German offensive

It was the great German offensive, begun on 21 March and directed against the British Third and Fifth Armies, that brought the Australians back to the Somme. With the allies being forced back almost to within sight of Amiens, the diggers were needed in the region of Villers-Bretonneux. The first to go were the 3rd and 4th Divisions. Captain Cyril Longmore later wrote, "The next three days and nights were a succession of railway journeys, route marches, and bus rides, about which no one who took part can have more than a confused recollection." The 5th Division soon followed, and later the 2nd and 1st Divisions.

In these desperate times, the Australians were used as a commander would use his reserves, with brigades being detached and rushed to fill any developing gaps in the line. For the men of the 3rd Division under Major General Sir John Monash, it was their first time on the Somme. The veteran 1st Division no sooner arrived in the area than it was turned around, put back on trains, and returned to Flanders, where trouble was also developing. By the end of these early weeks of confusion, however, most of the Australians were soon roughly strung out in a line from near Albert to Villers-Bretonneux. They were quickly in contact with the advancing enemy.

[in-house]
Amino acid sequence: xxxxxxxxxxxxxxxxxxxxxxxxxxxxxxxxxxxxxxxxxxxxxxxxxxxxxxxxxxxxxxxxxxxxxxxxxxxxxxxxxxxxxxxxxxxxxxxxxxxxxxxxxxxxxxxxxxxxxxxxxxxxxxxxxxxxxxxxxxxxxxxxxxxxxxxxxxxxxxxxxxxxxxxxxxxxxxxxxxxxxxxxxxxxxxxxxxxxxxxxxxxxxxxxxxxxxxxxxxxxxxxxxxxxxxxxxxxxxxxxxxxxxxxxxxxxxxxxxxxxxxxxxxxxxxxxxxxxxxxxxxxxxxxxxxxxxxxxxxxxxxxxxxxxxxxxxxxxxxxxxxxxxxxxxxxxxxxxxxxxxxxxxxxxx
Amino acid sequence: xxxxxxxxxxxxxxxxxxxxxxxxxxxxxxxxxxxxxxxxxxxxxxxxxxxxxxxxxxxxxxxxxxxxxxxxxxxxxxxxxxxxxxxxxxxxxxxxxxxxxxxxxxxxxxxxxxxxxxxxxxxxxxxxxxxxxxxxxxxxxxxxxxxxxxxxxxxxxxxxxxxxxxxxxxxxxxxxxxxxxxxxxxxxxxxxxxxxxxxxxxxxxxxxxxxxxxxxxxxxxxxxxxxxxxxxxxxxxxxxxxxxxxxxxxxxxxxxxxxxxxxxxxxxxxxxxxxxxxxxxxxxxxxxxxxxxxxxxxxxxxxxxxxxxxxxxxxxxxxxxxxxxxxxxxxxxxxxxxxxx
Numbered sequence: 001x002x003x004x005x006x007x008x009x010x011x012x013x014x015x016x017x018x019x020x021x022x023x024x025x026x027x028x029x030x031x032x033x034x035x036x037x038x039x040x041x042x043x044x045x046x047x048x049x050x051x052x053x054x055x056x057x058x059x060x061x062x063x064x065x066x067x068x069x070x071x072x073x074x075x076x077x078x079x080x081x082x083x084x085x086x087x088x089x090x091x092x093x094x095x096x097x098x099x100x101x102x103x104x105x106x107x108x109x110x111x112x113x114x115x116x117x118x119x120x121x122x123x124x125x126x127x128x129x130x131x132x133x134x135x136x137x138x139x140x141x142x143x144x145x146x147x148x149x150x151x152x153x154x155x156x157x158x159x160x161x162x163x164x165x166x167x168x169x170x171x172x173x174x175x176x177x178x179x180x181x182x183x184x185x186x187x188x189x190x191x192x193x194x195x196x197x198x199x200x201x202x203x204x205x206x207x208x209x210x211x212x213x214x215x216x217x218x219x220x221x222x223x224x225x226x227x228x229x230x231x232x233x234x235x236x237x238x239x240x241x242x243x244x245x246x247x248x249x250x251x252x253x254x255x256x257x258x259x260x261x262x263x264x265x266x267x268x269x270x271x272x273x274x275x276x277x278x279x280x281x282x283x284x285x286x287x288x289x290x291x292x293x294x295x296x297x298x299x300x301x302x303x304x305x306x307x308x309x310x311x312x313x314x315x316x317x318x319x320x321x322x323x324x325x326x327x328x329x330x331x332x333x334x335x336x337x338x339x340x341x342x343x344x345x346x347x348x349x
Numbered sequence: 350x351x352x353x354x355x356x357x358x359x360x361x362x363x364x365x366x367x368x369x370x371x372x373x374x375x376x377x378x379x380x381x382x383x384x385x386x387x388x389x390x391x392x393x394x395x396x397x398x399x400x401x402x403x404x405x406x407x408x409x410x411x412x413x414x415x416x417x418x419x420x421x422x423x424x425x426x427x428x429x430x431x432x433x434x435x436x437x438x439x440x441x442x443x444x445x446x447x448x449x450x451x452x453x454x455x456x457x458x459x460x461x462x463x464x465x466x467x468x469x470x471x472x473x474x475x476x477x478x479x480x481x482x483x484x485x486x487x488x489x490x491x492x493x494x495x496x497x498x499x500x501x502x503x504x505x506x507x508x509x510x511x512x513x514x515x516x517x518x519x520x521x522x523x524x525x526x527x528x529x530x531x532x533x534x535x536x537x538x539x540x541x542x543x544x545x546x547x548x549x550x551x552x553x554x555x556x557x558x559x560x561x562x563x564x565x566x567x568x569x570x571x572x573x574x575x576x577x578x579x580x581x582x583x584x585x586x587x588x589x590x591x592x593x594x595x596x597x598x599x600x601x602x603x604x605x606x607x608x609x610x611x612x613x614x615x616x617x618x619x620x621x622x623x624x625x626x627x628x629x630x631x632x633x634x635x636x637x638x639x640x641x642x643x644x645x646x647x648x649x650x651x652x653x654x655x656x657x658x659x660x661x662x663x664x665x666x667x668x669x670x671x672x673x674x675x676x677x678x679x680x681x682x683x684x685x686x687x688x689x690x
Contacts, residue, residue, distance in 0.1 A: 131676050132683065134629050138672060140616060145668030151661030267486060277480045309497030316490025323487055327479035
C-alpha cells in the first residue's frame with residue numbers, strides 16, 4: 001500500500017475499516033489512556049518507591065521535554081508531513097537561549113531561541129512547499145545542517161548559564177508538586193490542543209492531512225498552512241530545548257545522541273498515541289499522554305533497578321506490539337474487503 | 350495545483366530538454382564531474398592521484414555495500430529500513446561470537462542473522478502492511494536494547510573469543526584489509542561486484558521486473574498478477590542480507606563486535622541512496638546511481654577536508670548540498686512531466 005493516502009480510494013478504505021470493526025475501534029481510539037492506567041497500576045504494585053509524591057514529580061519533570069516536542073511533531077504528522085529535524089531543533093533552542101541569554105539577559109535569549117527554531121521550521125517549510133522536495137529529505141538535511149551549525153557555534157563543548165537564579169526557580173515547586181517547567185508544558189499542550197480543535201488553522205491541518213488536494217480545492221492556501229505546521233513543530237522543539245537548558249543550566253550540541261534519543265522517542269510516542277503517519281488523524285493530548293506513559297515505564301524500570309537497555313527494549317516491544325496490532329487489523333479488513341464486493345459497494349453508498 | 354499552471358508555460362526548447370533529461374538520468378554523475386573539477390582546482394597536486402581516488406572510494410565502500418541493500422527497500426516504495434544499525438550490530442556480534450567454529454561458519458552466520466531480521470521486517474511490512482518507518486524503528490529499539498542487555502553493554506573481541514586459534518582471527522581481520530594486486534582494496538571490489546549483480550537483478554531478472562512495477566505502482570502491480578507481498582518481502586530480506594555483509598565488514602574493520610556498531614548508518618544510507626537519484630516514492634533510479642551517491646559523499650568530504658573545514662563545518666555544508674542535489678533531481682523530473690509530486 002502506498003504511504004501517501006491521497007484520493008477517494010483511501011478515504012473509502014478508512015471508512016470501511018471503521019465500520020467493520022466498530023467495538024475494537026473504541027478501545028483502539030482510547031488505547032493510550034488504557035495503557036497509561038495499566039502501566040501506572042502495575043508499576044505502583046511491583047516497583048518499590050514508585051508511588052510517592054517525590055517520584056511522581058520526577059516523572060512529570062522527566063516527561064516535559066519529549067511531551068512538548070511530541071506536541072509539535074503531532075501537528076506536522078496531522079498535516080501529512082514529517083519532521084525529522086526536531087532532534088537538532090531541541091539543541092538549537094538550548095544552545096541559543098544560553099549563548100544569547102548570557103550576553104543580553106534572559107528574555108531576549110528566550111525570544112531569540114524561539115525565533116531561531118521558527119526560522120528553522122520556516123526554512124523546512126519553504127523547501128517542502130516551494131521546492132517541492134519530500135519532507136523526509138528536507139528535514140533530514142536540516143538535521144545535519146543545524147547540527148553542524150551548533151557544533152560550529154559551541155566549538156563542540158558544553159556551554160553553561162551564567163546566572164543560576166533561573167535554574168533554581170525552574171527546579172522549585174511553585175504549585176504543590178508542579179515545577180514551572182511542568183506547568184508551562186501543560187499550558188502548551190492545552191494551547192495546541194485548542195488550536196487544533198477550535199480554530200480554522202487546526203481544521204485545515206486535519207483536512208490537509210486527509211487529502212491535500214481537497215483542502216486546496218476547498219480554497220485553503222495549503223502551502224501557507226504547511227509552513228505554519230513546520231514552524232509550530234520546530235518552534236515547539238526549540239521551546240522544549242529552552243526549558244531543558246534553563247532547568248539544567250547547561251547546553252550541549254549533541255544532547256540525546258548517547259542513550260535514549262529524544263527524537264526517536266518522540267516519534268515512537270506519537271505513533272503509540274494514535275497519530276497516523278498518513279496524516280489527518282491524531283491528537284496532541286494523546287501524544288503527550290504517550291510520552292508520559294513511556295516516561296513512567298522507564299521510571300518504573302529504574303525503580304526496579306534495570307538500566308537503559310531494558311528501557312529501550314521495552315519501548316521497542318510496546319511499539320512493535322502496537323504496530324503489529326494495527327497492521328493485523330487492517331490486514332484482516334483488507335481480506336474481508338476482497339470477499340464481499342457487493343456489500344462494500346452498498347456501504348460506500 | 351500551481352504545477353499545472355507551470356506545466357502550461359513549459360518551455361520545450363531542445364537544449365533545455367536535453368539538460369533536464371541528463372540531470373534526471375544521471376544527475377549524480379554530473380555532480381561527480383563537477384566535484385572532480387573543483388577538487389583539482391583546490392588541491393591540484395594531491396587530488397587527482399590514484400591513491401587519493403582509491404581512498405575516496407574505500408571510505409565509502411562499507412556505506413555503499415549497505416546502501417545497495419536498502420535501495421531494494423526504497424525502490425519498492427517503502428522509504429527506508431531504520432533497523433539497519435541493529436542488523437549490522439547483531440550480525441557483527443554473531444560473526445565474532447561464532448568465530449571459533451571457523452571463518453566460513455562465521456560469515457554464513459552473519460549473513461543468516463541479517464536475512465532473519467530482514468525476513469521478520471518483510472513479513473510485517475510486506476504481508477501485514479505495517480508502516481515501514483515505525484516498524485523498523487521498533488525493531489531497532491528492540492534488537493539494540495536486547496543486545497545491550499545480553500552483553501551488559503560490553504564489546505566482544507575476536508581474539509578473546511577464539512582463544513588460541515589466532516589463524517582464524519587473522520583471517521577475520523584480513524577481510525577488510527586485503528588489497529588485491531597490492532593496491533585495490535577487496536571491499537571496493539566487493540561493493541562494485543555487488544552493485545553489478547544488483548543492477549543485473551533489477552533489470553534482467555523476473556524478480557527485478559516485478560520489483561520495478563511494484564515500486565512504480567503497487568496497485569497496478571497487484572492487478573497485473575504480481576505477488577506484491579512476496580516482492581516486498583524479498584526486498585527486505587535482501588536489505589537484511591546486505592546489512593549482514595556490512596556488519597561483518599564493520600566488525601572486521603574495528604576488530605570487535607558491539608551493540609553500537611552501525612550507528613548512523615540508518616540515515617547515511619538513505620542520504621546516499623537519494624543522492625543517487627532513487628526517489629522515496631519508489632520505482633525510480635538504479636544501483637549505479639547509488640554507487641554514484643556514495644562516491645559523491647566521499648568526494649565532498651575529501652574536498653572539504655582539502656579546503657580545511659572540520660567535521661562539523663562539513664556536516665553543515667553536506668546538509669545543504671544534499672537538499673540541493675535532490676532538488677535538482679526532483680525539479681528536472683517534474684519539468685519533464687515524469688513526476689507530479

Up until this time the German offensive had been successful. But now their lines of communications were stretched, tired troops needed to be rested and had to hand over to less experienced ones, and they had been unable to bring up all of their powerful artillery that had played such an important part in their initial breakthrough. They were losing momentum. On 4 April the enemy attacked at Villers-Bretonneux but they were held and then pushed back in what was described as a "spectacular charge" by the 36th Battalion.